(RRD) Temple dataset, consists of two relief datasets
acquired at two Indonesian temples: Prambanan and
Borobudur. The RRD Temple Dataset is created by
Frisky et al. (Frisky et al., 2021c; Frisky et al., 2021a)
to accommodate the color difference problem created
by different materials appearing on archaeological re-
liefs and different color by chemical reaction. From
the 41 reliefs of the RRD Prambanan dataset, we
use 21 for training and 20 for testing. In the RRD
Borobudur dataset, 20 were used as training and 10 as
test sets. In total, we obtain 41 training examples and
31 test examples.
Second dataset is the Roman coin, consists of 23
coins, 11 of which are imaged from both sides and
12 from one side only, resulting in a total of 34 coin
sides. The dataset was originally created for photo-
metric stereo reconstruction, using a PhaseOne IQ260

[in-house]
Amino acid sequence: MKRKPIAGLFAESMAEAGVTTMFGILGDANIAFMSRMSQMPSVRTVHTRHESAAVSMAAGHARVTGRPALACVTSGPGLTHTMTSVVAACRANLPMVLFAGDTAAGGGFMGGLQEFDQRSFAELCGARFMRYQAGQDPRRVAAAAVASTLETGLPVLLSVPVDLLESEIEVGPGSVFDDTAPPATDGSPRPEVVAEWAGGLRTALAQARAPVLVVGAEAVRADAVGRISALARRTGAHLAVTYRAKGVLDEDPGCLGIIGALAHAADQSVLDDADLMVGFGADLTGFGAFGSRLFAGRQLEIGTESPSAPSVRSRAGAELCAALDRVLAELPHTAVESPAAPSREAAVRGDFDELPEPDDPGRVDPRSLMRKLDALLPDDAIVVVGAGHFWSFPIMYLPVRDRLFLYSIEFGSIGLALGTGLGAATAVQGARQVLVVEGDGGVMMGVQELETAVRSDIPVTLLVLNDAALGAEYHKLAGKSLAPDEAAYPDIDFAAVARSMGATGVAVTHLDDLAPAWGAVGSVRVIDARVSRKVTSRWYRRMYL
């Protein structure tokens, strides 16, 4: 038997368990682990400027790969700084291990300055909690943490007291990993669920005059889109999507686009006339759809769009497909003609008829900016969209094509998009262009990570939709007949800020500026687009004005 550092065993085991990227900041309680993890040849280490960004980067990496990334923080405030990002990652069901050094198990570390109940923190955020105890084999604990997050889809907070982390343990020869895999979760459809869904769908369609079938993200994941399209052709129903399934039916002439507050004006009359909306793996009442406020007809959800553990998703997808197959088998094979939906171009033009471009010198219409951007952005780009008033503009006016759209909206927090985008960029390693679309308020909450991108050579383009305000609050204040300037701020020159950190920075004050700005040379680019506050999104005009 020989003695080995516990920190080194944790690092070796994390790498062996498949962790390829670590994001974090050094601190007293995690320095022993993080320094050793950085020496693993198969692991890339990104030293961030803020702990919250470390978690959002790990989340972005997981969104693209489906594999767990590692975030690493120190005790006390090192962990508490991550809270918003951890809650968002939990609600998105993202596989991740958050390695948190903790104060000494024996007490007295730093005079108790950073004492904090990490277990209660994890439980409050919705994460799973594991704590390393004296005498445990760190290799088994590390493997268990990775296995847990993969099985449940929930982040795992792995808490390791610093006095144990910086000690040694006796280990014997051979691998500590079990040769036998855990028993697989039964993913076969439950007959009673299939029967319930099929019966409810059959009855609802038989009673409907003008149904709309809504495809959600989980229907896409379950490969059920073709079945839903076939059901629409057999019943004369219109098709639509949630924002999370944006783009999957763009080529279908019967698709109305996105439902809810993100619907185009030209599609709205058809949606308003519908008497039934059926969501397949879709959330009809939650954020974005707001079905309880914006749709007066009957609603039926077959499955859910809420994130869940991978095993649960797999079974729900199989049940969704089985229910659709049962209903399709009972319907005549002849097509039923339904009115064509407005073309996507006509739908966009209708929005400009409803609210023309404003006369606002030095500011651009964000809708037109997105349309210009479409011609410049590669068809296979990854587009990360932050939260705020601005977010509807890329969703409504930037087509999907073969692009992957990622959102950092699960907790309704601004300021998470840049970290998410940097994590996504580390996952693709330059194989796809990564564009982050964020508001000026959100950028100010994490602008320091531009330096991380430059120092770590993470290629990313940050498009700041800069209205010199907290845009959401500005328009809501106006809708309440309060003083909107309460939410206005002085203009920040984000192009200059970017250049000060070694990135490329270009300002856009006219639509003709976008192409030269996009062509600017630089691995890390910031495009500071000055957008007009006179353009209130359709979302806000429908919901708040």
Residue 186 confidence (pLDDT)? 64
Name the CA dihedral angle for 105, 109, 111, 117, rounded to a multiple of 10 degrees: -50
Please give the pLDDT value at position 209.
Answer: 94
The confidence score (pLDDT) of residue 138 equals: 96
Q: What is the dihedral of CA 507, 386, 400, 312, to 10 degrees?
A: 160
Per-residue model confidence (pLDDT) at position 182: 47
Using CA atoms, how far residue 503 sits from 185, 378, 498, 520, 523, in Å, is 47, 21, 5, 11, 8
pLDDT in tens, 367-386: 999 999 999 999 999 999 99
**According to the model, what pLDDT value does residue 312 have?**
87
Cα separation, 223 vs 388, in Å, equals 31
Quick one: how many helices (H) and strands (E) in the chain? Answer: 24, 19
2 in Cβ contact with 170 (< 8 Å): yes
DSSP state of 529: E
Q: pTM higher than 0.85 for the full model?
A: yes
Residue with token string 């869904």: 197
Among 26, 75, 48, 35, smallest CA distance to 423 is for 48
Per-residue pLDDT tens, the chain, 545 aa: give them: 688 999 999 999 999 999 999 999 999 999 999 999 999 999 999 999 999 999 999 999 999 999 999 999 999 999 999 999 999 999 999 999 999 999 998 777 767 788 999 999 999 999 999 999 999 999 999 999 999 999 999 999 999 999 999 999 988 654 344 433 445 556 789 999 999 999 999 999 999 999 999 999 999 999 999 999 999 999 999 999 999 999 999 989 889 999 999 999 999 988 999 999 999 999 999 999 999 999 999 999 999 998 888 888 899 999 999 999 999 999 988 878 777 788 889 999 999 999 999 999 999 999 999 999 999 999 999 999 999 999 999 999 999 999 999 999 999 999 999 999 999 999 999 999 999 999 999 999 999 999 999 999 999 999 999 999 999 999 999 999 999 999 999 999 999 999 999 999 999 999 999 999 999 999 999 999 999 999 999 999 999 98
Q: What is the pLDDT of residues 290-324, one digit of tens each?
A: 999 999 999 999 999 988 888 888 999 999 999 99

Achromatic camera and a light dome with 54 indi-
vidually controlled LED light sources for illumina-
tion (Brenner et al., 2018).In the training phase, each
image is paired with its corresponding depth map.
From the 34 coin sides (each represented by 54 input
pairs), 26 are used for training and eight for testing.
All the grayscale images are converted into RGB be-
fore processing them in order to fit the network input.
The last dataset is the NYU Depth v2 that offers
images and depth maps for various indoor scenes (Sil-
berman et al., 2012). The dataset includes 120K train-
ing samples and 654 test samples, but we only use a
50K subset to train our network. This dataset is used